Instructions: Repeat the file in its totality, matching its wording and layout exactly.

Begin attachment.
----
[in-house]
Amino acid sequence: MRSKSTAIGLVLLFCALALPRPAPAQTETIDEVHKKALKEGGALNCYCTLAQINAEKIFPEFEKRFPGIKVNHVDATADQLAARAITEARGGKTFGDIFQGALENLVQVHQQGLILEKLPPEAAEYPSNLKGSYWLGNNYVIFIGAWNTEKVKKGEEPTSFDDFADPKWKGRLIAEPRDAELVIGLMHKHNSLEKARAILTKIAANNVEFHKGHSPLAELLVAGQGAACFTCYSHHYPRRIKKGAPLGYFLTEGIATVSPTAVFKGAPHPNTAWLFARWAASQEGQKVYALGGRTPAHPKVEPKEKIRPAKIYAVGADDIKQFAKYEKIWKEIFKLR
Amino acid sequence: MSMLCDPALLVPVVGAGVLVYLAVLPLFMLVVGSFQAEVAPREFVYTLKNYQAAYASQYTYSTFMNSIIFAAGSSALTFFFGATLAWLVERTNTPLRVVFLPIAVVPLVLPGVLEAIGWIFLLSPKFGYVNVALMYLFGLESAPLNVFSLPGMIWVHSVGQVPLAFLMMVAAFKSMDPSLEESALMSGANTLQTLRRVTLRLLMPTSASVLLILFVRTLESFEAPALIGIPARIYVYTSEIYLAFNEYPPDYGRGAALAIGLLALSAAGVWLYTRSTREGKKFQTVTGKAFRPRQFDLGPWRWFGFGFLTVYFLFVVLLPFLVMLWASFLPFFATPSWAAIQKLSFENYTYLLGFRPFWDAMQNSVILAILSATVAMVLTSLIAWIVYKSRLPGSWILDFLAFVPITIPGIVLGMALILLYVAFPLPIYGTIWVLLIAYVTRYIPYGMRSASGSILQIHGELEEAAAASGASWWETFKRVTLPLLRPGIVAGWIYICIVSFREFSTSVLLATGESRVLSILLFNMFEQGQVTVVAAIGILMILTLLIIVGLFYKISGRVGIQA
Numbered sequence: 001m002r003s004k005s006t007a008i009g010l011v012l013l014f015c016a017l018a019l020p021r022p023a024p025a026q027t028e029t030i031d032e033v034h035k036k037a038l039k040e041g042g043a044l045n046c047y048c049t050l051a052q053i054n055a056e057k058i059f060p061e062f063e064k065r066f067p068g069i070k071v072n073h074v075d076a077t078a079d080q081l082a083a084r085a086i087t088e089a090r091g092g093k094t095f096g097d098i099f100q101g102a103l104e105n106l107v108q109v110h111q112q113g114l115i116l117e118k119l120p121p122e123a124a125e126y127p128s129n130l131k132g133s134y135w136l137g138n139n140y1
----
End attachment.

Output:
[in-house]
Amino acid sequence: MRSKSTAIGLVLLFCALALPRPAPAQTETIDEVHKKALKEGGALNCYCTLAQINAEKIFPEFEKRFPGIKVNHVDATADQLAARAITEARGGKTFGDIFQGALENLVQVHQQGLILEKLPPEAAEYPSNLKGSYWLGNNYVIFIGAWNTEKVKKGEEPTSFDDFADPKWKGRLIAEPRDAELVIGLMHKHNSLEKARAILTKIAANNVEFHKGHSPLAELLVAGQGAACFTCYSHHYPRRIKKGAPLGYFLTEGIATVSPTAVFKGAPHPNTAWLFARWAASQEGQKVYALGGRTPAHPKVEPKEKIRPAKIYAVGADDIKQFAKYEKIWKEIFKLR
Amino acid sequence: MSMLCDPALLVPVVGAGVLVYLAVLPLFMLVVGSFQAEVAPREFVYTLKNYQAAYASQYTYSTFMNSIIFAAGSSALTFFFGATLAWLVERTNTPLRVVFLPIAVVPLVLPGVLEAIGWIFLLSPKFGYVNVALMYLFGLESAPLNVFSLPGMIWVHSVGQVPLAFLMMVAAFKSMDPSLEESALMSGANTLQTLRRVTLRLLMPTSASVLLILFVRTLESFEAPALIGIPARIYVYTSEIYLAFNEYPPDYGRGAALAIGLLALSAAGVWLYTRSTREGKKFQTVTGKAFRPRQFDLGPWRWFGFGFLTVYFLFVVLLPFLVMLWASFLPFFATPSWAAIQKLSFENYTYLLGFRPFWDAMQNSVILAILSATVAMVLTSLIAWIVYKSRLPGSWILDFLAFVPITIPGIVLGMALILLYVAFPLPIYGTIWVLLIAYVTRYIPYGMRSASGSILQIHGELEEAAAASGASWWETFKRVTLPLLRPGIVAGWIYICIVSFREFSTSVLLATGESRVLSILLFNMFEQGQVTVVAAIGILMILTLLIIVGLFYKISGRVGIQA
Numbered sequence: 001m002r003s004k005s006t007a008i009g010l011v012l013l014f015c016a017l018a019l020p021r022p023a024p025a026q027t028e029t030i031d032e033v034h035k036k037a038l039k040e041g042g043a044l045n046c047y048c049t050l051a052q053i054n055a056e057k058i059f060p061e062f063e064k065r066f067p068g069i070k071v072n073h074v075d076a077t078a079d080q081l082a083a084r085a086i087t088e089a090r091g092g093k094t095f096g097d098i099f100q101g102a103l104e105n106l107v108q109v110h111q112q113g114l115i116l117e118k119l120p121p122e123a124a125e126y127p128s129n130l131k132g133s134y135w136l137g138n139n140y1